A survivor's pitch
September 6, 2011
HOOVER, Ala. -- Standing on the pitcher's mound, nervously looking at the crowd, a Soldier from the 314th Public Affairs Operation Center in Birmingham, Ala., gathers herself as she prepares to throw the ceremonial first pitch prior to a baseball game between the Birmingham Barons and the Montgomery Biscuits at Regions Field.
The 314th PAOC selected Pfc. Allyson E. Putman to do the honors because she was the most junior member of the unit.
During their interactions with the Soldier, unit leaders learned that Putman was a victim of the tornados that had ripped through Alabama on April 27, 2011.
"We did not have power for 13 days. I just got my [battle assembly] check the day the tornados hit and I was the only one that had access to money," Putman said. "My whole check went to buying supplies for two families."
Putman is also a volunteer at the Union Grove Ala., Fire Department. She assisted in running the shelter and helped provide three meals a day to tornado survivors.
After the first storm came through, she went to check on her family only to find that her home town of Guntersville Ala. was devastated. Her mom told her that according to a radio announcement, a second set of storms was going to hit sooner than authorities had predicted.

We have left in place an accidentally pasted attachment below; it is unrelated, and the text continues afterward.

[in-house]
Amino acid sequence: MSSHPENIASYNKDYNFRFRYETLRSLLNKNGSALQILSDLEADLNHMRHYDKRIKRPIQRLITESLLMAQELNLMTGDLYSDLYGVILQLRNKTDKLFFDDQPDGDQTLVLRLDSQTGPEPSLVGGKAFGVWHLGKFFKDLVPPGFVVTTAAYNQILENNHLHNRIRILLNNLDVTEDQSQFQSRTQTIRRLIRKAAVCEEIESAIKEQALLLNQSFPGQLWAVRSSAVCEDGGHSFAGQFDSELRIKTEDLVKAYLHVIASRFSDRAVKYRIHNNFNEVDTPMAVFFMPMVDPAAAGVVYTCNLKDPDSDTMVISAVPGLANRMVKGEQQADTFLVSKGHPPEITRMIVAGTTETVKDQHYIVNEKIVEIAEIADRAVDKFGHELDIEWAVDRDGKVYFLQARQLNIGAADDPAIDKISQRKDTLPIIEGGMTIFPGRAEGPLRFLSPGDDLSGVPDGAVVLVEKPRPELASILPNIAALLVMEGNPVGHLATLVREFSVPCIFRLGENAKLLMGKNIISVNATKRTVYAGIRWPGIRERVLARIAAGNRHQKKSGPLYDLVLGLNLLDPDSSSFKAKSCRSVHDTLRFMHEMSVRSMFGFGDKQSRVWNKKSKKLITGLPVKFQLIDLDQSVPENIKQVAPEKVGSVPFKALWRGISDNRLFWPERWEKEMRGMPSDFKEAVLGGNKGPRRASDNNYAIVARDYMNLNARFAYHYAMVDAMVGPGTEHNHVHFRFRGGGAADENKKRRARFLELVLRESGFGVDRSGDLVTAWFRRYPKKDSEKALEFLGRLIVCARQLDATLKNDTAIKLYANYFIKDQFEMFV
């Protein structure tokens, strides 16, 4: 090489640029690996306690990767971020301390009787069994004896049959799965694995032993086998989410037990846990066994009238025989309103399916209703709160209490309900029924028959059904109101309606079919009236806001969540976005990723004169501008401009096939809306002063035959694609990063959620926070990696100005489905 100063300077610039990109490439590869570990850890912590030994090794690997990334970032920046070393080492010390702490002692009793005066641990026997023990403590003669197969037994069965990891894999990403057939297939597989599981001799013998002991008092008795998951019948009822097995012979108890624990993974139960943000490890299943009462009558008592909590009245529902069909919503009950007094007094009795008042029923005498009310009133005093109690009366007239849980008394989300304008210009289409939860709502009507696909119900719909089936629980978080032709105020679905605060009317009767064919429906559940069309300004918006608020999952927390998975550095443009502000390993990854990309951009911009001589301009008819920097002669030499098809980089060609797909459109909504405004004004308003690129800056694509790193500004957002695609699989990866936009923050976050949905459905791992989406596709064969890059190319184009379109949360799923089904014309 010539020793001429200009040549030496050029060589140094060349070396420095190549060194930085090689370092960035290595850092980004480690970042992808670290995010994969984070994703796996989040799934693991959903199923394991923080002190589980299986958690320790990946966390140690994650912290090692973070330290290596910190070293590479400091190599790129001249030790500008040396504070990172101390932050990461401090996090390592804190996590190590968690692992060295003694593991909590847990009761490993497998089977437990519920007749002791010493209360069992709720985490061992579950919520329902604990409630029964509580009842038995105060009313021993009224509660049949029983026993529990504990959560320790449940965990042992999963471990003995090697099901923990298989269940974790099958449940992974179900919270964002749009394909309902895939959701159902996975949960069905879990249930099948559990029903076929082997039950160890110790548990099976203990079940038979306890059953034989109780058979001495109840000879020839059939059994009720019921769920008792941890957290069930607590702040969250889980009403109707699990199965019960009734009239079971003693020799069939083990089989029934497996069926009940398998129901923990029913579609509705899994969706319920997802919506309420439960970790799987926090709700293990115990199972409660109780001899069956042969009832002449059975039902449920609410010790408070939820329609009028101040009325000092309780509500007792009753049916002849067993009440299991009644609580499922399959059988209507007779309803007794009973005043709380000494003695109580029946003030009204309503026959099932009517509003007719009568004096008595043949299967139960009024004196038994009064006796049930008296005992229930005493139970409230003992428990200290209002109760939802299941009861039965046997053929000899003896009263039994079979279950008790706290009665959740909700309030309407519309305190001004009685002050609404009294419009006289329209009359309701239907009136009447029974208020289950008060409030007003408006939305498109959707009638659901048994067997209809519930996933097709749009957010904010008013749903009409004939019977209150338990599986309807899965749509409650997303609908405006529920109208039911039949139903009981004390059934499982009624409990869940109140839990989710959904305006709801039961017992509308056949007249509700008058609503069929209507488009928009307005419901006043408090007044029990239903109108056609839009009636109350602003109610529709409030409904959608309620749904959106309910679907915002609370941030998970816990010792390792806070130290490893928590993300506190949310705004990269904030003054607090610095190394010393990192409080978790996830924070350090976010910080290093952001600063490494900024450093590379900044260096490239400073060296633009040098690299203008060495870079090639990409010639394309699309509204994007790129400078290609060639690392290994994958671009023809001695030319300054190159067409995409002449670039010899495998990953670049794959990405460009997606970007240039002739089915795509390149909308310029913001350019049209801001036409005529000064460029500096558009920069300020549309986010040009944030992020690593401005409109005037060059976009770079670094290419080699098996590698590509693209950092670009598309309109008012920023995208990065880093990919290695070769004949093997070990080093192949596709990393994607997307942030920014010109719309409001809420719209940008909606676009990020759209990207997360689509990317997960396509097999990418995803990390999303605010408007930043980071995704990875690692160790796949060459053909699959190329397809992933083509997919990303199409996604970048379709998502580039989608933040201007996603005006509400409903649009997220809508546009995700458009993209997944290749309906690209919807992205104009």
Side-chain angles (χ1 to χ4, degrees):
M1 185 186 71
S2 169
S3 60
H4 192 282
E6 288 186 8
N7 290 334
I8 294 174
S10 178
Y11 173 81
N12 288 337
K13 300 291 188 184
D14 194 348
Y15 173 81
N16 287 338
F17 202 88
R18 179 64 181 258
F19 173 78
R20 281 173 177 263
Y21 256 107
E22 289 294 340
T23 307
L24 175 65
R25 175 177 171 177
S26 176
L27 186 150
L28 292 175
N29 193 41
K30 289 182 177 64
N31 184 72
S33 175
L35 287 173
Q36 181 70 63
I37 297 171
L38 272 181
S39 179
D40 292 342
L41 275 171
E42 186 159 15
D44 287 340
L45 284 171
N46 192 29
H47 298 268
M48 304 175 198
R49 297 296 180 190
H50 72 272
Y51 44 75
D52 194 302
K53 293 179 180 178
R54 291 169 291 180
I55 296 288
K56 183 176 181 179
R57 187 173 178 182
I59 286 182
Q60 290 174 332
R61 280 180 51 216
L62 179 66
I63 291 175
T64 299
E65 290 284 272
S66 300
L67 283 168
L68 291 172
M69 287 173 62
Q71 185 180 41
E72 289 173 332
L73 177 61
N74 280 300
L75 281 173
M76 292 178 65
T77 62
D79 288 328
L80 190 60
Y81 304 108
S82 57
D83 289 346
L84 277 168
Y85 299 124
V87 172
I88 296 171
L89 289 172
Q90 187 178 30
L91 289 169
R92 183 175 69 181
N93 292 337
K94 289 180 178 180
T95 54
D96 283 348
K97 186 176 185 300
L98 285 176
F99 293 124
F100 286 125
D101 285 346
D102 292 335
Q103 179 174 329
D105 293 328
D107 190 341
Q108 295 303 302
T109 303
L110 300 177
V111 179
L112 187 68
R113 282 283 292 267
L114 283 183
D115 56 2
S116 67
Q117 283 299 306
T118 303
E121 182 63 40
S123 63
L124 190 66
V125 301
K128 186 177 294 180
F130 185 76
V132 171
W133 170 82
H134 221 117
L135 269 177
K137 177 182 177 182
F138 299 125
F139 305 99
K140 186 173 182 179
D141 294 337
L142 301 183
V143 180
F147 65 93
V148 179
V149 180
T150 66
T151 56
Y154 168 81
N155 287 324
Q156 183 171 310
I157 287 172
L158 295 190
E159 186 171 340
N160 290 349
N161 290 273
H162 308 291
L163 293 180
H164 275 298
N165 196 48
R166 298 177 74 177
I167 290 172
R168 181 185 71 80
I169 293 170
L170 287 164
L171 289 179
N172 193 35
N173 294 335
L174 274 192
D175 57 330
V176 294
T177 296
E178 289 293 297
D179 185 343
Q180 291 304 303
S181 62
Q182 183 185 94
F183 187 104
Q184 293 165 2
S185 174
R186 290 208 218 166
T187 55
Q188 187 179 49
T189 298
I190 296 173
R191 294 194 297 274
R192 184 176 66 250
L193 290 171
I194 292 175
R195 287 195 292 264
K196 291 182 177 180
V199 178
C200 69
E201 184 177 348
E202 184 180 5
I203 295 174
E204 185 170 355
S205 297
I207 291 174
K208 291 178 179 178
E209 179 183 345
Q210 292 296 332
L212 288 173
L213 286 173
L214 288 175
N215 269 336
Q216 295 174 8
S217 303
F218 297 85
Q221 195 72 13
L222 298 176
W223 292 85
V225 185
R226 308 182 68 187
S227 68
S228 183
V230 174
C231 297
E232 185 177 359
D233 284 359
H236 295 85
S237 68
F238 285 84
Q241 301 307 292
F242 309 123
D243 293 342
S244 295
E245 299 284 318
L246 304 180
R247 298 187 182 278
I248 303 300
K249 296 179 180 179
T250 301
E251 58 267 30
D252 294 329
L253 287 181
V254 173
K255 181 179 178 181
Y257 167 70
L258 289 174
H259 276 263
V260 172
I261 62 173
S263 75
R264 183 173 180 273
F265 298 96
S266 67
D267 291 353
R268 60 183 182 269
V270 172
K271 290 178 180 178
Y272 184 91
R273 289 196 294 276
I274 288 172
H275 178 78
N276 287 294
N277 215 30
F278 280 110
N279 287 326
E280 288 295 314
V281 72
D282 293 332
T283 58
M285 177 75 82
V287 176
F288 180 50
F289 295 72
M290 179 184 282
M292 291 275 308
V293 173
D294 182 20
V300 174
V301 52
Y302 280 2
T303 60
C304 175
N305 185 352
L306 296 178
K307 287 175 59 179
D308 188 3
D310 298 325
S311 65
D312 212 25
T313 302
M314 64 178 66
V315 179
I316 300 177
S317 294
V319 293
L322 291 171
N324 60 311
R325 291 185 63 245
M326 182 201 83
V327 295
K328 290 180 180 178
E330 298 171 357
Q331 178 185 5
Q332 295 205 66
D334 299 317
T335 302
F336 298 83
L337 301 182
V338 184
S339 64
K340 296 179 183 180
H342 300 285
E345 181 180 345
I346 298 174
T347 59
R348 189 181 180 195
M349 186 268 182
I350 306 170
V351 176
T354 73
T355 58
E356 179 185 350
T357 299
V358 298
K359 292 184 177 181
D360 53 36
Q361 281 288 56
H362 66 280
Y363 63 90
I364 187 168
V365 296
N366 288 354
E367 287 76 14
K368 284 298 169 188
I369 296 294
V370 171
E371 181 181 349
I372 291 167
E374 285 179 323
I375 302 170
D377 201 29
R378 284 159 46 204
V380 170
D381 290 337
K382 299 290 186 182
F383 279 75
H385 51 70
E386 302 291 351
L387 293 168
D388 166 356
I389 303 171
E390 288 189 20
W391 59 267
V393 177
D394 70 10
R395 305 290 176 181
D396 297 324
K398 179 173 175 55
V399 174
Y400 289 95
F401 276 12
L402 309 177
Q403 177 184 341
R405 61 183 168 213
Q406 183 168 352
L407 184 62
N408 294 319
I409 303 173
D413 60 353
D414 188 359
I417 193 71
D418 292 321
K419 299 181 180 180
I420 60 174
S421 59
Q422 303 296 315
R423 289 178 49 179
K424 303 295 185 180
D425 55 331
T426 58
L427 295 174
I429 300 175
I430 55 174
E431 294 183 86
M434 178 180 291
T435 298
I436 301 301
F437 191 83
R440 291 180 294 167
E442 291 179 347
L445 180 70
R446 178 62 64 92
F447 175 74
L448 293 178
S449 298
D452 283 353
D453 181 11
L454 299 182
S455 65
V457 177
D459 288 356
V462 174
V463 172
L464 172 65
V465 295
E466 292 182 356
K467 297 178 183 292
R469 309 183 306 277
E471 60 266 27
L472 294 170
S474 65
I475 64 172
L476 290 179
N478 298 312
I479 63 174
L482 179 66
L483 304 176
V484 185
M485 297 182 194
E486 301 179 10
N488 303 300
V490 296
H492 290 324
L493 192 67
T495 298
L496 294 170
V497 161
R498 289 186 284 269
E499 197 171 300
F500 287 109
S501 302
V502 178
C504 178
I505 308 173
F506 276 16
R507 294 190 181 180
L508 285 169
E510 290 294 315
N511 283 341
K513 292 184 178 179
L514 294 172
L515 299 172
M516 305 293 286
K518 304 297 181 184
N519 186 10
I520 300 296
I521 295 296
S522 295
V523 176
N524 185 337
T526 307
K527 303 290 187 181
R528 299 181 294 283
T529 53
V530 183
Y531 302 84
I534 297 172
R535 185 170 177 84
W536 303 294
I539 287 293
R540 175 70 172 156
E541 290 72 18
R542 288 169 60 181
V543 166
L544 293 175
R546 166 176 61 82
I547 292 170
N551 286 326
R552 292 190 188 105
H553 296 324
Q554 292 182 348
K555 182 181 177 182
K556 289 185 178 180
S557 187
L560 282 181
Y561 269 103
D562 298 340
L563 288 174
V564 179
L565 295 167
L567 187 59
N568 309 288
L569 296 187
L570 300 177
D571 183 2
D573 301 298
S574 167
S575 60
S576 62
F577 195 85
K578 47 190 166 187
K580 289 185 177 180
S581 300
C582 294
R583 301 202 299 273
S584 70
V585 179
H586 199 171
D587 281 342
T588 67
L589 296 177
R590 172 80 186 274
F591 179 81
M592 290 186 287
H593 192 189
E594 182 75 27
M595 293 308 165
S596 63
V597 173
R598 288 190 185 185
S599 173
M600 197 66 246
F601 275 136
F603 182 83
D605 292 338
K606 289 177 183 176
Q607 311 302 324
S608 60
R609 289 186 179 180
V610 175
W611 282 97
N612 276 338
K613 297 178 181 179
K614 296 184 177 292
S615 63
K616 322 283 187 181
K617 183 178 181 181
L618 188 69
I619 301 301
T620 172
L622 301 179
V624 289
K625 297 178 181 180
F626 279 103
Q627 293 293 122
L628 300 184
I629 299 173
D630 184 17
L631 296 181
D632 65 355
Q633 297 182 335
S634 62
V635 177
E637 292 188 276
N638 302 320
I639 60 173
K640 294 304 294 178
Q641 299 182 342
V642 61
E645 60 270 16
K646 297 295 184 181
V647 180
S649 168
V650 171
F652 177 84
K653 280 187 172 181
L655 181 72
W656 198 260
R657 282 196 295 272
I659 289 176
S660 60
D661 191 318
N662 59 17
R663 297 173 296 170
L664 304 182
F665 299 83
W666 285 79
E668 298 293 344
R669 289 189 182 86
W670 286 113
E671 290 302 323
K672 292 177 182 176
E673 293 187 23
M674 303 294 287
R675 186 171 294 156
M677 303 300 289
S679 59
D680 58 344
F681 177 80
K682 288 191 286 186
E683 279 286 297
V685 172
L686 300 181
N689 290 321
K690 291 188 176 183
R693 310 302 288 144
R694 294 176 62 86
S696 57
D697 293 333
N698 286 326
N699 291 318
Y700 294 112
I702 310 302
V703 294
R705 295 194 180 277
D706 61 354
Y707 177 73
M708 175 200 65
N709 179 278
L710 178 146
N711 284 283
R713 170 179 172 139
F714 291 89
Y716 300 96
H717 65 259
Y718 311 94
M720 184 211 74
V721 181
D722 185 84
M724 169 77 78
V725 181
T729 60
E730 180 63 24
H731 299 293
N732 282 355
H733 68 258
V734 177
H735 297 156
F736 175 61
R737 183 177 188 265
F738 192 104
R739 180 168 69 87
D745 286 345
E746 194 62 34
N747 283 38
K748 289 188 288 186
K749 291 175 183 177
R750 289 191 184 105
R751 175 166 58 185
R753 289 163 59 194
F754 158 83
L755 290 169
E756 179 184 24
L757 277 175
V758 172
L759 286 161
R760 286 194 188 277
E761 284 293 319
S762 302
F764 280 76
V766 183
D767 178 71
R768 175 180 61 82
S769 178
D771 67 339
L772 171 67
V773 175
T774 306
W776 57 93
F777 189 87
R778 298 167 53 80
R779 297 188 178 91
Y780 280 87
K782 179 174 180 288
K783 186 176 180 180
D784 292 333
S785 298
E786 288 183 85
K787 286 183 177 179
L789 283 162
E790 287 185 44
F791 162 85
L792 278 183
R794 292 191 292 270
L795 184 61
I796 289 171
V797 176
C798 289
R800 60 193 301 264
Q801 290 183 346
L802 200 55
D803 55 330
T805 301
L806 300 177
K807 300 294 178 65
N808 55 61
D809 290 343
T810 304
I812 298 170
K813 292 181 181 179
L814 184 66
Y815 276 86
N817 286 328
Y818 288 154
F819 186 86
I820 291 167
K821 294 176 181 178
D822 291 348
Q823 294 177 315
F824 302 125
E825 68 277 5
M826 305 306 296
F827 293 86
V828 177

Putman decided to drive back to the Fire Department. While in route, a tornado appeared in a field to her immediate left.
"I drove as fast as I could to the shelter," Putman said. "Once I got there, I told my chief about what had happened, and no sooner had I finished, an even bigger tornado was forming right across the street. We hurried to get everyone in the shelter, and that is where we remained until almost 11 that night when it was all finally over."
Considering all she had been through, the task of representing her unit in front of spectators presents a different challenge to the light wheeled vehicle mechanic. She stares down at home plate, reels back and hurls the baseball toward the catcher. The crowd cheers as the catcher's glove engulfs the baseball. Putman breathes a sigh of relief and jogs off the mound waving to the crowd.
"I'm lucky to be alive," Putman said. "I'm fortunate that my family and friends are safe."